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July 26, 2019


“Cheese rolls?” I asked Kapitana. Why are you serving us cheese rolls? This was in August 2018 when Gina Lopez first made us meet the community in Tublay, Benguet. “That’s our OTOP (One Town, One Product)” Kapitana sheepishly says. In chorus, my partners and I exclaim: “You don’t have cheese here. Let’s look at your natural resources”, we tell them. Lo and behold, they had sweet potato, heirloom rice, and more.

Apparently, local culture dictates that when visitors come, the “best foot forward” would be to serve cheese rolls, coffee for mid-morning (merienda) snack then noodles and fried chicken for lunch. We sort of admonished them for serving us western food. They started to now think of their Ark of Taste produce like Tinawon or heirloom rice.

In February 2019, as we arrived, the community laid out boiled sweet potato (camote), boiled bananas, rice cakes (suman), and the famous Benguet Arabica coffee. Beautiful! Finally, no more cheese rolls and the community started to serve local fare. They started to be proud of their produce. Recipes for rice cakes soon came out and the community started to think local while thinking of how to entertain the tourists who have now heard of Tublay.

Tublay has caves, springs, and many natural tourist attractions. It’s 1,500 meters above sea level.

After two more visits last year and early this year, we again came up just last week to Tublay and we were surprised with the transformation. The village (through their Captain Apolonia, and her board members like Madam Nena Wasit) improved the barangay hall and transformed it into an alfresco café.

There were kind-hearted donors who gave them wood furniture sets which added to the warmth and ambiance of the veranda. The community members prepared for the coming of tourists like us and had coffee, sweet potato, and corn soup.

We were almost in tears as we were taken around by the group to see what they have done to their barangay hall—showing us the pretty chairs and tables, showing us their new “corner” office up in the second floor, and their clean washrooms. They are tourist-ready!

Imagine being able to do this in the most remote areas of the country. Many communities do not think that their local produce are best for visitors. They are shy and almost embarrassed to prepare local fares like sweet potatoes, peanuts, and boiled corn. But once they are told that their local food is really good, then they get empowered and confident to now prepare them and have tourists taste these.

The locals share their coffee with me.

They offered us a ‘soup’ in a bowl which turned out to be corn porridge. Our partner Reena suggested for them to dress it up with crushed peanut brittle sprinkled on top to suggest that it is a sweet meal rather than an expectation that it is a savory soup. And on we went to dress up and cut up the camote to make its presentation more appealing.

Reena Francisco

Simple innovations have made this community more confident. They also now sell souvenirs in their “honesty” store inside the hall to drum up more interest in Tublay, a fifth class municipality about 45 minutes from Baguio City. The local leaders—from the mayor to the village captains—have all embraced eco-tourism as a way out of poverty or low income. The agricultural chief has embraced Organic Farming as a differentiator for Tublay. As most people associate Benguet with upland vegetables, Municipal Agriculturist Jeffrey Sotero differentiated Tublay by making organic agriculture his priority. So, if you are thinking of “Baguio vegetables”, choose Tublay as its origin.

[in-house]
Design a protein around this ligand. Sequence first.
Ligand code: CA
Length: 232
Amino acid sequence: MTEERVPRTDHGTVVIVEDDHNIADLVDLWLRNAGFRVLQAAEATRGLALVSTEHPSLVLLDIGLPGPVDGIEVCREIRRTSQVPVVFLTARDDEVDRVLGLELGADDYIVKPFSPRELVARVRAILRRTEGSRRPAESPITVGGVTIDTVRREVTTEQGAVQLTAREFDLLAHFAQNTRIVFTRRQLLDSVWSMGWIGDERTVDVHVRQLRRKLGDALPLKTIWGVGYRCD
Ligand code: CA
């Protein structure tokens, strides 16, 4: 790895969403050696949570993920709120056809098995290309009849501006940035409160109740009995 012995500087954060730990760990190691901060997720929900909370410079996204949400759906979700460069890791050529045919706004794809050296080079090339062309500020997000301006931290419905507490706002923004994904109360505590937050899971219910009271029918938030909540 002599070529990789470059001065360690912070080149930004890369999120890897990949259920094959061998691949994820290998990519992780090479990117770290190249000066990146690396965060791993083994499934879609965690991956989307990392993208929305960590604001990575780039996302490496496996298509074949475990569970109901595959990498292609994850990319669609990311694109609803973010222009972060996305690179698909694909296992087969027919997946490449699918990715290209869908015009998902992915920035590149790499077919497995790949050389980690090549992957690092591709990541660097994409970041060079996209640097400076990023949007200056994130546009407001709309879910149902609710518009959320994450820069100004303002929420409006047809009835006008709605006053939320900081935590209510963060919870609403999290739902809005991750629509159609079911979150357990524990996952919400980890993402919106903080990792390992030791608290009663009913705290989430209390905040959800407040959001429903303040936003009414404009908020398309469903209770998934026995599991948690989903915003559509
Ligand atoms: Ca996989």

We are going back to train and teach them to make “lemons out of lemonade”, like making zucchini bread out of too much supply of zucchini; making bell pepper jam because of a bumper crop of bell pepper; and making sweet potato snacks in different forms, too.

Jeannie Javelosa

Our partner Jeannie will start the tourist tracks while also training weavers under Josie Lauro, the mayor’s charming better half. I still hope I find more women in the coffee farms so we can do harvest tours this coming crop season.

So as we go about doing work through our ECHOsi Foundation (thanks to Gina Lopez and the University of Cordilleras for the support), we gain a lot of insights about culture and community. This Tublay transformation is one of our quick rewards. Ms. Onie Aguinalde of Project HELEN and the University of Cordilleras have been our partner in the hiking and discovering of Tublay’s treasures, some of which are very well hidden.

You, too, can transform a community into sustainable ones. Just give your share of what you already know and add the local vibe and voila! You may just find another gem as you do your CSR, your ministry, or community outreach. Just make sure they will be sustainable long after you have gone or moved on.

On August 9 at WOFEX in SMX, I will be presenting some stories about Tublay and similar examples at the Mountain Partnership and Slow Food forum called “A Taste of the Cordillera”. It starts at 2 pm and is open to the public.




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